ifstream wordlistA, wordlistB;
        ofstream output;
        
        wordlistA.open (argv[1]);
        wordlistB.open (argv[2]);
        output.open (argv[3]);
        
        if (wordlistA.is_open()&&wordlistB.is_open())
        {
            for (int i=0;;i++)
            {
                if (!wordlistA.eof()&&comp==-1||comp==0) {
                   getline (wordlistA, wordA);
                   /* debug */ cout << "in - " << wordA << endl;
                } else {
                   do {
                      getline (wordlistB, wordB);
                      output << wordB << "\n";
                   }while (!wordlistB.eof());
                   break;
                }
                if (!wordlistB.eof()&&comp==1||comp==0) {
                   getline (wordlistB, wordB);
                   /* debug */ cout << "in - " << wordB << endl;
                } else {
                   do {
                      getline (wordlistA, wordA);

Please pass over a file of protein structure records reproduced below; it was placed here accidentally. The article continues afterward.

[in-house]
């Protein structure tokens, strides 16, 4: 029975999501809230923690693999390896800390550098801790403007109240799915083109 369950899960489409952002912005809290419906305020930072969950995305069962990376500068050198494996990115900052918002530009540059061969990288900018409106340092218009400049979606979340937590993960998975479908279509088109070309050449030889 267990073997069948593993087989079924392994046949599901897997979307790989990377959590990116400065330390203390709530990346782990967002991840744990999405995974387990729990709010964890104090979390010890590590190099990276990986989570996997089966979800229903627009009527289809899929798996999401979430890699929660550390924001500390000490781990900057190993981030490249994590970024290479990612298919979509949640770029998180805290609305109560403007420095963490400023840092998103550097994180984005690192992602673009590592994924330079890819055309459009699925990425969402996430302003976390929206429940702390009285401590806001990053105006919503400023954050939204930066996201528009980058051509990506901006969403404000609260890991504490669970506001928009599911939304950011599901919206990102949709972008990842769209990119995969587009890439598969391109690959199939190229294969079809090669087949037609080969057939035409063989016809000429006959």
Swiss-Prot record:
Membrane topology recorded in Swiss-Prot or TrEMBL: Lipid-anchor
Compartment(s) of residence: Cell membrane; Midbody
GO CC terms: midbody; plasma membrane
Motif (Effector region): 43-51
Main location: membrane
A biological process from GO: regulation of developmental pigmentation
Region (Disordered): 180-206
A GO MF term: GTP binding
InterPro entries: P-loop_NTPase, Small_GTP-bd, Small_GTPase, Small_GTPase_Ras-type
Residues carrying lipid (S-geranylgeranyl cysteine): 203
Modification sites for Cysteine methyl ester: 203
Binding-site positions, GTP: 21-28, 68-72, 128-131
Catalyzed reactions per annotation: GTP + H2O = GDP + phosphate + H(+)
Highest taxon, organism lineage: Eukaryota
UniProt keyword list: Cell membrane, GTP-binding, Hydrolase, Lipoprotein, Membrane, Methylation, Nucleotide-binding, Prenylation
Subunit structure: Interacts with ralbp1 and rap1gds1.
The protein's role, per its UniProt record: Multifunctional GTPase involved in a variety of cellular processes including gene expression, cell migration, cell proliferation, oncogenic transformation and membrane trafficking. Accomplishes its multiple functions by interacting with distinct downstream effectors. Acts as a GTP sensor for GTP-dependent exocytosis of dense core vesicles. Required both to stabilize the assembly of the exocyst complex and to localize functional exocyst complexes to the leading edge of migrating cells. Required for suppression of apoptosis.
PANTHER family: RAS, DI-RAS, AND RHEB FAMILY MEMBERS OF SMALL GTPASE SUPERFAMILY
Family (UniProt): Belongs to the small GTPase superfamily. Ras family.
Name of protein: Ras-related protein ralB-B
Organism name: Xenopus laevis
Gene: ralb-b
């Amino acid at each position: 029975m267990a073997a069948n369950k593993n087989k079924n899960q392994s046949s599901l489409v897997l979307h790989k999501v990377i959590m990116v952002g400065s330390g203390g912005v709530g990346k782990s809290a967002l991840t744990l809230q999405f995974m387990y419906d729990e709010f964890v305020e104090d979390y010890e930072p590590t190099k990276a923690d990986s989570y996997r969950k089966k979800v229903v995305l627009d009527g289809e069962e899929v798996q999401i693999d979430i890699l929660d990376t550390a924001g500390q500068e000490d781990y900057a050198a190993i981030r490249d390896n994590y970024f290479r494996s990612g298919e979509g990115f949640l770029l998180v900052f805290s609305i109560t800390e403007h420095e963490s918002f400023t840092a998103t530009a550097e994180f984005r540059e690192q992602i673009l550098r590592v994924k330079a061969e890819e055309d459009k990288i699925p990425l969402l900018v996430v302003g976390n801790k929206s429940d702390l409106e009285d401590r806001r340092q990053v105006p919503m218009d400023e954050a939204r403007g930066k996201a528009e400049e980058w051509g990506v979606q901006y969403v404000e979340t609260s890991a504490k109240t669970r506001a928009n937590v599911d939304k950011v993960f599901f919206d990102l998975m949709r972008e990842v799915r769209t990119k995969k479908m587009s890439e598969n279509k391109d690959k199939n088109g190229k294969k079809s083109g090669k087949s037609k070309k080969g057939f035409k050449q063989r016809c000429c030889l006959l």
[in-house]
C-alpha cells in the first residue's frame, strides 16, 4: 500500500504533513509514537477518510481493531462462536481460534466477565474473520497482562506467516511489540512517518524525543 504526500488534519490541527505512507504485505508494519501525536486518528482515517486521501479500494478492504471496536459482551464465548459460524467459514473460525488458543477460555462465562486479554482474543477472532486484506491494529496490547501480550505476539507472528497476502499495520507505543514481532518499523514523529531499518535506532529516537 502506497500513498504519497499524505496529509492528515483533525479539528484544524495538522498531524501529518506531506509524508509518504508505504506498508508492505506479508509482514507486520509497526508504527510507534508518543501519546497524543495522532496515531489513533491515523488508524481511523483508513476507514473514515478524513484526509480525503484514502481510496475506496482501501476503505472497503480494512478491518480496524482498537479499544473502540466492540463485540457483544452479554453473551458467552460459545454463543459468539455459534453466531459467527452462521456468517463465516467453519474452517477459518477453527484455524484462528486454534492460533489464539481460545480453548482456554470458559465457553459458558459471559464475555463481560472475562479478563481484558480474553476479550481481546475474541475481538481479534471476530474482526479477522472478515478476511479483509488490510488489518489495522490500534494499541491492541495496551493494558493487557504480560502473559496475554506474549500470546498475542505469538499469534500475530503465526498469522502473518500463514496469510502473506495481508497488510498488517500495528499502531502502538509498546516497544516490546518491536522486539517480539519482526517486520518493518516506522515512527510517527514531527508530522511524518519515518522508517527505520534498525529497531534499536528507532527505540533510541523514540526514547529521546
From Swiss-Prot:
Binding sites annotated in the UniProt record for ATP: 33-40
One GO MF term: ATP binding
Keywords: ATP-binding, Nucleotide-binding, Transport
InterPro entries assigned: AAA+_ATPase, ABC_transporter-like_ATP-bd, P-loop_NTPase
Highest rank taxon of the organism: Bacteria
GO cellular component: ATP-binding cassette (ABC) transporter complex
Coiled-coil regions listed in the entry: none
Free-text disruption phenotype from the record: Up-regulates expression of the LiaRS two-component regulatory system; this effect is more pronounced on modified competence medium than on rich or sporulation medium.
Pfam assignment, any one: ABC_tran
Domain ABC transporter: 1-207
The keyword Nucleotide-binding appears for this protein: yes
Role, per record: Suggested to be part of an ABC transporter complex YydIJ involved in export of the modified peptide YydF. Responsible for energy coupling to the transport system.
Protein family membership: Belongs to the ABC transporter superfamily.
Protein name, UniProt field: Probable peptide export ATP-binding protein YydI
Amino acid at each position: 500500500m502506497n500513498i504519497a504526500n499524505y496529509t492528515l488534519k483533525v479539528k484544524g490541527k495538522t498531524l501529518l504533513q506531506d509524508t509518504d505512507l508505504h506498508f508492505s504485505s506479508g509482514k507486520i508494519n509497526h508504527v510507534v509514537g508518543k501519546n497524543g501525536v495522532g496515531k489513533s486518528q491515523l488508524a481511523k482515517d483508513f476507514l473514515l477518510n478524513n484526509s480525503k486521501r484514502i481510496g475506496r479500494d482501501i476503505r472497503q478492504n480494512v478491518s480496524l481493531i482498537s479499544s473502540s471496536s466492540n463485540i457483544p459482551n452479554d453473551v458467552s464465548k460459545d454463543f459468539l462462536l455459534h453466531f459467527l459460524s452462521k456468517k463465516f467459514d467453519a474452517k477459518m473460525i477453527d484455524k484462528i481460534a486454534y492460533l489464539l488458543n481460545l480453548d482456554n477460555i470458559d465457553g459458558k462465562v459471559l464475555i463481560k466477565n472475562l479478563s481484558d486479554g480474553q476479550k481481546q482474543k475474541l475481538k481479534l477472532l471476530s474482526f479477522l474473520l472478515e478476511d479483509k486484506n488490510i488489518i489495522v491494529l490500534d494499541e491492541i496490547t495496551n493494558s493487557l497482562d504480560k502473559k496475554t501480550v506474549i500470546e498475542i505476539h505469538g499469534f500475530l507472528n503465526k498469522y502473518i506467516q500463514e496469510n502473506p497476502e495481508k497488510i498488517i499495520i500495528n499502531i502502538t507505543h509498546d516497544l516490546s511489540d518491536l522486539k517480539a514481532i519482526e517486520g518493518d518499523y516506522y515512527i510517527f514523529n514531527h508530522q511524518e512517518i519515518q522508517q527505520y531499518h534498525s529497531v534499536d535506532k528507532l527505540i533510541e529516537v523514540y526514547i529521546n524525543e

output << wordA << "\n";
                   }while (!wordlistA.eof());
                   break;
                }
                comp = wordA.compare (wordB);
                /* debug */ cout << "comp - " << comp << endl;
                switch (comp) {
                       case -1:
                            output << wordA << "\n";
                            /* debug */ cout << "out - " << wordA << endl;
                       break;
                       case 1:
                            output << wordB << "\n";
                            /* debug */ cout << "out - " << wordB << endl;
                       break;
                }
    
           }
        }
        return EXIT_SUCCESS;
    }
    edit:
    also, the two text files i am using for testing are worda.txt and wordb.txt which is just the alphabet split up into 2 files.
    Last edited by Loic; 07-07-2008 at 12:21 AM.

  4. #19